Cover artwork with Haggar, Guy, and Cody
Tough guys don’t back down!

Knuckling Up with Final Fight One

This review was originally published in 2001. It has been re-edited for style and clarity.

As a teenager, there’s nothing I loved more than a good arcade brawler. Perhaps you know the type? Linear progression through the bowels of a crime-ridden city, plenty of fisticuffs and mixed martial arts, and endless opportunities to beat the stuffing out of creeps and hooligans.

The only thing better than dishing out street justice was teaming up with a friend. With that in mind, Final Fight One delivers like Dominoes!

Features:

  • Three playable characters with different fighting styles and abilities
  • Six regions with 3-4 individual stages; more than 18 stages total
  • Two-player cooperative mode via Link Cable
  • Bonus content to unlock

Gameplay
Final Fight One for Game Boy Advance is a port of a ‘90s-era arcade brawler by Capcom. There’s no denying that these games were designed to eat your quarters. The onslaught of scum and villainy is relentless! As such, you’ll do battle with hordes of street thugs as you progress through Metro City to confront—and defeat—the leader of the Mad Gear Gang.

The game’s three playable characters are Guy, Cody, and Haggar. Guy is a speedy ninja, Cody is your average Joe, and Haggar is a hulking man in overalls. Haggar is also the mayor of Metro City. His daughter Jessica was kidnapped, so he calls in Guy and Cody to help him get her back. They’re not just beating people up for fun!

Sluggish controls, poor response time, awkward button mapping—any of these can doom an arcade brawler. Thankfully, it’s smooth sailing with Final Fight One. The B button punches, the A button jumps, and the right shoulder button (R) performs your special move. Combine these with the d-pad for a satisfying variety of knee bashes, body throws, and skull-crushing slams. If you like, you can remap the controls to suit your style.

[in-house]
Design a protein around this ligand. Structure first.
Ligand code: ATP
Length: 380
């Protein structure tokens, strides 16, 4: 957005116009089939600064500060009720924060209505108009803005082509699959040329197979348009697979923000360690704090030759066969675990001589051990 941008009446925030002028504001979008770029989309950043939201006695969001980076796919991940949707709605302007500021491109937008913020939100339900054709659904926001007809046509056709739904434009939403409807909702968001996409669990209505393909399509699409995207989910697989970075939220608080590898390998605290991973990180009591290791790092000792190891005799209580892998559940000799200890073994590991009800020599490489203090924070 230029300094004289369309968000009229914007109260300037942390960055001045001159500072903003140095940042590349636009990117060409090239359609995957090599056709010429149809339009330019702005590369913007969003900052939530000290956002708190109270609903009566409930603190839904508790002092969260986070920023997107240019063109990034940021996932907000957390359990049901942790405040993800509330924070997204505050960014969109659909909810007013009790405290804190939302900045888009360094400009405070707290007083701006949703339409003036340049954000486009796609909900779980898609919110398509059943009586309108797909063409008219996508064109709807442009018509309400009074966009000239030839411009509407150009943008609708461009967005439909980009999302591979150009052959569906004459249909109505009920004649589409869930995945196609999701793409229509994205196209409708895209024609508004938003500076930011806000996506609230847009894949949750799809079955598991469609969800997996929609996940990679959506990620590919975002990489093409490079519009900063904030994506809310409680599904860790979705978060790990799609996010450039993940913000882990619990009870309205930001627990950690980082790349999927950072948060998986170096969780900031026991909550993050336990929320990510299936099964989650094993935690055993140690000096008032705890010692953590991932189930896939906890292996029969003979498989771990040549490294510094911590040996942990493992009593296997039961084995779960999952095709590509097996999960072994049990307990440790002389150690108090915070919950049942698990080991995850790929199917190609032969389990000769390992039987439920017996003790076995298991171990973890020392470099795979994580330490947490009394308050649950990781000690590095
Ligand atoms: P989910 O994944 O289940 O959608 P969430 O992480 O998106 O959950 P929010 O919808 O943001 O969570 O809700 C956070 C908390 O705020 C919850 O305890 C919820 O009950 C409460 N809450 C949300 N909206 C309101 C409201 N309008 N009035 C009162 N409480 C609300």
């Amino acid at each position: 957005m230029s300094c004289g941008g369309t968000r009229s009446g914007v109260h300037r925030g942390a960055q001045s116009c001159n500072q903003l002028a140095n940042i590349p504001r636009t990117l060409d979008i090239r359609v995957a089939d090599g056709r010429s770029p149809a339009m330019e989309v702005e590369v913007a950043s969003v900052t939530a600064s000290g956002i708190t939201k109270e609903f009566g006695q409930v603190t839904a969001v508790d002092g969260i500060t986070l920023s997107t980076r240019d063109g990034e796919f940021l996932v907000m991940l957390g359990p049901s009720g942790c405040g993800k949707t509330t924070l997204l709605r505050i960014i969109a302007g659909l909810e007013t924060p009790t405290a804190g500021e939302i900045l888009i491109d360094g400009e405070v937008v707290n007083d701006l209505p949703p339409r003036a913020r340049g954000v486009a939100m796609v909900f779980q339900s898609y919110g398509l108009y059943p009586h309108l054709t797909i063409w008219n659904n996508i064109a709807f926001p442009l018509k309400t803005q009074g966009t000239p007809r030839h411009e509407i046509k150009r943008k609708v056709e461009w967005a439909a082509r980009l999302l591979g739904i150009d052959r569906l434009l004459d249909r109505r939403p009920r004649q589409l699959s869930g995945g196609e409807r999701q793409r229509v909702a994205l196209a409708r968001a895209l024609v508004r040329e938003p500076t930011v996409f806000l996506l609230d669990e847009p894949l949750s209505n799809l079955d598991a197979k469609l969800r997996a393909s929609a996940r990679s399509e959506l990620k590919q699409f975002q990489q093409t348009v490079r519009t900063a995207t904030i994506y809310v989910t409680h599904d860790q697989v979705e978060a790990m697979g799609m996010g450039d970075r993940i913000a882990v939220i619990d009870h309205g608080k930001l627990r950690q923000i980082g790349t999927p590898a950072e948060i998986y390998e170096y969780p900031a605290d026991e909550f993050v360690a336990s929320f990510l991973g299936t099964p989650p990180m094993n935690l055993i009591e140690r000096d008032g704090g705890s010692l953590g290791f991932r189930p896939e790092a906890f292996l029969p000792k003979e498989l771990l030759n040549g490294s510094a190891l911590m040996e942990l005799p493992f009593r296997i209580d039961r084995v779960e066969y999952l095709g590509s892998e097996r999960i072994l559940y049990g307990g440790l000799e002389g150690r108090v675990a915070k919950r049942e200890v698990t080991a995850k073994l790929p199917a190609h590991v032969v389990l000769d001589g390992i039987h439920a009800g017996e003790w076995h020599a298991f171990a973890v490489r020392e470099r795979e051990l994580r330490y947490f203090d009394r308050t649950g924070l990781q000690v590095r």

The one complaint I have is the rarity of health boosters. On normal difficulty setting, you get about three full replenishes in the first five stages. Perhaps great gamers can endure without taking a scratch, but the difficultly ramped up too fast for me. Even on easy, the levels leading to the main boss had me sweating bullets. I’m ultimately lamenting my lack of skill. No doubt this game was designed for two players.

Graphics
The art direction embraces comic book sensibilities: heroes are tall, stoic, and muscle-bound while enemies are grungy and unsavory. Environments are varied and packed with detail. As you travel through Metro City, the change in scenery provides a sense of progression.

Character kicks and punches are quick and impactful. However, when your character is idling, he’s oddly static. He doesn’t breath, look around, or demonstrate signs of life. Since you’ll rarely have the luxury of loitering, it’s not a dealbreaker. I’ve simply been spoiled by other games.

Replay Value
Brawlers are all about replay—you’ll be dying a lot, after all. In terms of additional replay value, you can unlock menu options to alter the game. You can change the character’s outfit (palette swap), increase or decreases the number of continues, etc. You’ll have to rack up points first by playing through the game, so all that skull-bashing has a purpose.

Sometimes games lose features when they’re ported to the Game Boy. Thankfully, that’s not the case here. Cooperative play is possible if you’ve got a Link Cable handy. If I ever meet someone with their own copy of Final Fight One, I’d love to give it a try. Playing solo is a unique experience, but multiplayer is what keeps me coming back for more.

For now, I’ll have to be content with my memories from the arcade. In those days, any random stranger could come along, drop in a quarter, and join the fight. Add in the smell of roller skates, licorice rope, and cheesy nachos to complete the picture. Those were good times.

Final Thoughts
Brawlers are a guilty pleasure for me. Final Fight One scratches the itch for an arcade experience on a portable device. Even if you’ve never played the original, there’s fun to be had here. Solid replay value, competent controls, and a simple concept executed well. What more could you want? Perhaps some teenage mutant ninja terrapins…